A Slam Dunk Education
Thursday, March 5, 2020
National Basketball Association (NBA) players travel tens of thousands of miles throughout their grueling 82-game season.
Though he doesn’t travel with the team, Kyle Burkhardt, the director of strategy and insights for the NBA’s Los Angeles Clippers, may be fast approaching the frequent flier miles of those that do.
Burkhardt, a current Carlson Executive MBA student, commutes over 3,000 miles roundtrip every other week from his home in Los Angeles to weekend classes in Minneapolis. Why? Well, the Minnesota native knew his hometown university offered him everything he was looking for.
“I looked around at other schools here in Los Angeles and I just kept coming back to Carlson,” he says. “I can get the same quality education for less money than I would be paying for other schools. That, and my mom likes the fact that I’m flying home every other weekend, which is a plus.”
The travel may sound exhausting, but Burkhardt says the air time allows him to focus on his studies.
“On the way to Minneapolis, it’s about three hours, which is three hours of dedicated homework time,” he says of the trip. “I write a lot of papers on the plane and do a lot of reading on the plane. It’s nice to have some built-in time blocks.”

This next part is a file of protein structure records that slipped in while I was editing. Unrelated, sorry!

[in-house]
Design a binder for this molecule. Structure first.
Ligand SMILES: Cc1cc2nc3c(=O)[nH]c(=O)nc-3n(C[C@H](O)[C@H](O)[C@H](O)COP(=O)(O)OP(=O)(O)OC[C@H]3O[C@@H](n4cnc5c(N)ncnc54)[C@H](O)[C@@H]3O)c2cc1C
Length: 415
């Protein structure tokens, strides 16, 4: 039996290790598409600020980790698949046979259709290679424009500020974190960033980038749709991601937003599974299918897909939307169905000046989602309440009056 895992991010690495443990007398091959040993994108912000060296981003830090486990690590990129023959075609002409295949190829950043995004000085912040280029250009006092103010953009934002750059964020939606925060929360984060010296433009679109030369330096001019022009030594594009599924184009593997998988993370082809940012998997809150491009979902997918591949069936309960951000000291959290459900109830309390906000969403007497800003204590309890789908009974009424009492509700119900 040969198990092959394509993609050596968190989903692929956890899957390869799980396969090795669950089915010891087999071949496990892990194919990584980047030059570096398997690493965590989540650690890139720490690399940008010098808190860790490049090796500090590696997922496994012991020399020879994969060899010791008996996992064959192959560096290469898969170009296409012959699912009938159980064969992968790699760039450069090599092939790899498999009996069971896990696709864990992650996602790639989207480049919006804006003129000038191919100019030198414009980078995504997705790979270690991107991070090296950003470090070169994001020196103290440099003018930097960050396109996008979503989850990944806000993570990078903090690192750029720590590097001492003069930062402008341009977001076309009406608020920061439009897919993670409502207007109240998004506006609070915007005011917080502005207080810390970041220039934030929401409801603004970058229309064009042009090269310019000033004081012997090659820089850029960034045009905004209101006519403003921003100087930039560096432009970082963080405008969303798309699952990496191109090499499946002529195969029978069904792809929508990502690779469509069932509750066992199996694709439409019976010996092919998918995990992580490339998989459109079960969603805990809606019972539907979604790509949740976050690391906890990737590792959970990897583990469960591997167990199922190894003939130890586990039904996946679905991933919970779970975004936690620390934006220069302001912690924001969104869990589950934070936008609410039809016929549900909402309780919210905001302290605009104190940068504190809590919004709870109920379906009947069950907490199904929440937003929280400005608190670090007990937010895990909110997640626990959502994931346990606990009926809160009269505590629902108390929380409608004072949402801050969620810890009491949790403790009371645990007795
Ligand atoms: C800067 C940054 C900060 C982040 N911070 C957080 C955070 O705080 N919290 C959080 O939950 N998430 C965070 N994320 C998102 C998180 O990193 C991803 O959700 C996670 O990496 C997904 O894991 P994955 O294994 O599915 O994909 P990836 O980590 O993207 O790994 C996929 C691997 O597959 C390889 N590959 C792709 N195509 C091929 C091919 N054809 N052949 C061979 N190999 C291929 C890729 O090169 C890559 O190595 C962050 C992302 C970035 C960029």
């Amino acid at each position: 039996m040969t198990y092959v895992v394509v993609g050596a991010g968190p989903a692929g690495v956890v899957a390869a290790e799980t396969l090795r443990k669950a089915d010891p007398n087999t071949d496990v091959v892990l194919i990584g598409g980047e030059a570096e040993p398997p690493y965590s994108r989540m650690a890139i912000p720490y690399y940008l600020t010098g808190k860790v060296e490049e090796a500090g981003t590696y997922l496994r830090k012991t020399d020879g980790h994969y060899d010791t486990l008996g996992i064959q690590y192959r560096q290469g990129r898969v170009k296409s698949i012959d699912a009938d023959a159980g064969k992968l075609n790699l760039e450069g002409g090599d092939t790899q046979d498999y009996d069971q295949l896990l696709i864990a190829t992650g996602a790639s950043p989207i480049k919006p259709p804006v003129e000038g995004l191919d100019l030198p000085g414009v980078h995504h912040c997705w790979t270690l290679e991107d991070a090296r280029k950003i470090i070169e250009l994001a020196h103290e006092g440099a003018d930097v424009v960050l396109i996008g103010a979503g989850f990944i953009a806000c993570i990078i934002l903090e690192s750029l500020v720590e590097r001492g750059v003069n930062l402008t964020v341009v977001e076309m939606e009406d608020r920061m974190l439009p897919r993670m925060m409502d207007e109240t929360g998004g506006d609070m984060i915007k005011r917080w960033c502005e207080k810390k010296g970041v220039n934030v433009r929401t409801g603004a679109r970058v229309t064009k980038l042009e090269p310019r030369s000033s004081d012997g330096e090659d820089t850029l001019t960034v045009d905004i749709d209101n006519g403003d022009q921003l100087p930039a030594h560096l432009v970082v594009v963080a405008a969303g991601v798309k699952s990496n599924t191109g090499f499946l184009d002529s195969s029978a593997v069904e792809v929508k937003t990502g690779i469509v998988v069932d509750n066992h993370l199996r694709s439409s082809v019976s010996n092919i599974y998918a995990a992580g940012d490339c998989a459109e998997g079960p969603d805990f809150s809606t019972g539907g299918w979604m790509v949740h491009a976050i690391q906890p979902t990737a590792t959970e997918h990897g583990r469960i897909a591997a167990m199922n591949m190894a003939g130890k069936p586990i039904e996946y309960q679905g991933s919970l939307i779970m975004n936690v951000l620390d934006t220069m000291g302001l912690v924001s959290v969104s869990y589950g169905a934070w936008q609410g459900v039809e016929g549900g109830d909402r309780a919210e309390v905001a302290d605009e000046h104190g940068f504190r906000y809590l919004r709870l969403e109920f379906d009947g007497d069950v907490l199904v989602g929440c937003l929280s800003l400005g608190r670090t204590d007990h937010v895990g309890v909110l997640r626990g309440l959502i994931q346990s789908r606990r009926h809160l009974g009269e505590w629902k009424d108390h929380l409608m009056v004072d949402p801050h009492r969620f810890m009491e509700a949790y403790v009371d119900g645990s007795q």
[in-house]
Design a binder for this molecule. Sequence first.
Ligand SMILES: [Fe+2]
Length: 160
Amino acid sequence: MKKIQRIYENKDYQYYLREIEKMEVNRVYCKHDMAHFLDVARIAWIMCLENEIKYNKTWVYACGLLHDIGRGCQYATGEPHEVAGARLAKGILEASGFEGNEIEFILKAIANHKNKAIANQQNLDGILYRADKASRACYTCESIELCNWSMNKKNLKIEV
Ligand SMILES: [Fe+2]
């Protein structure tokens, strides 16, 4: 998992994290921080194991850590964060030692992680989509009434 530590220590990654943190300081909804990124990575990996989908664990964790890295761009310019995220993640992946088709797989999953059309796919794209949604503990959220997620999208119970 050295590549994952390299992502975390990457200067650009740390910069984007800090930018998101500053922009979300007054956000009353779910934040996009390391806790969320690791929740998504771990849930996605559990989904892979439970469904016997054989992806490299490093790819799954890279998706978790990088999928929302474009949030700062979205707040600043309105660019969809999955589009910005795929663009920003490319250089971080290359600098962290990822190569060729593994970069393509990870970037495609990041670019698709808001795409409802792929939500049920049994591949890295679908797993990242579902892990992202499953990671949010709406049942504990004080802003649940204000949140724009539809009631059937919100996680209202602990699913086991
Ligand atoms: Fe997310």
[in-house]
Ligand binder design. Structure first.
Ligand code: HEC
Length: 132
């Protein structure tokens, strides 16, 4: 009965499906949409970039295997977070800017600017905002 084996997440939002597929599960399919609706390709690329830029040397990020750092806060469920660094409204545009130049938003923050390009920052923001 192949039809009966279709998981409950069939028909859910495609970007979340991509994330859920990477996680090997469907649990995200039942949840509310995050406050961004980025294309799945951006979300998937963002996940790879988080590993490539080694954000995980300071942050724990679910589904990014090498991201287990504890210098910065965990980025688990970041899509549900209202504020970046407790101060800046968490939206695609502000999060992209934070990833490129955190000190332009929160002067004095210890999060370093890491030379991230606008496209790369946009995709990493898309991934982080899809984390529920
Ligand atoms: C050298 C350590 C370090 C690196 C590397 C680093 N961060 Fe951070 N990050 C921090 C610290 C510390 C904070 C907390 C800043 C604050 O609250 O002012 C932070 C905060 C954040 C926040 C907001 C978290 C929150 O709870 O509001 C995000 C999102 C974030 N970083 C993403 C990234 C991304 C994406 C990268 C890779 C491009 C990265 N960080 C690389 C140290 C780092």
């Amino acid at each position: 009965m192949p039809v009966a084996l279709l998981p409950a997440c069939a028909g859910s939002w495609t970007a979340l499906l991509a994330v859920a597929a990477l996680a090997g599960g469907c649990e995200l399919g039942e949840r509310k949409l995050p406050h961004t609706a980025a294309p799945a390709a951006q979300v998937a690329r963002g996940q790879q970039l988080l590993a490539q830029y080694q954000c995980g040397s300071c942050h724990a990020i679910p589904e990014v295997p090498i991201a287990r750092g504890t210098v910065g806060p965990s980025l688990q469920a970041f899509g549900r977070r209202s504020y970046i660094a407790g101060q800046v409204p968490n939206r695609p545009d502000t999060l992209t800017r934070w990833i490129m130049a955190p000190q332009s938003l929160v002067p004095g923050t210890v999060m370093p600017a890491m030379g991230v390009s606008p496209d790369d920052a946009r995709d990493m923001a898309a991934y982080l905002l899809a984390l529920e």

Once he lands in Minneapolis, he’s ready for two straight days of demanding classes. Whatever the topic, Burkhardt has found lessons immediately applicable at work.
“While I was building our analytics team at the Clippers, my organizational behavior class with Professor Mary Zellmer-Bruhn was really helpful,” Burkhardt says. “I have no formal training in that realm, and as my team has grown from three to 12, how to motivate people, how to build teams, how to effectively manage different styles and personalities and make them work together have been extremely helpful in building the most productive and effective team that we can have.”
Burkhardt also learns from his classmates, who bring a variety of life and career experiences.
“That’s been the most valuable thing to me,” he says. “I didn’t understand when I started how close knit all of us were really going to be at the end of this. There’s going to be people that I am definitely friends for life with and the whole class, I would never hesitate to reach out to any of them if I had a question about their area of expertise.”
Everyone in the CEMBA program has to balance class, work, and personal lives, so Burkhardt says he doesn’t see himself as any different from his classmates. The only challenge is being physically present for group projects, but Burkhardt says working virtually has made the final product stronger.
“I think because we know there’s this kind of barrier of me not being there that we’ve actually gone out of our way and made more of an emphasis to make sure we’re connecting,” he says.
Set to graduate in May, Burkhardt will continue to work for the Clippers and has no plans to stop returning home. He has Vikings season tickets after all.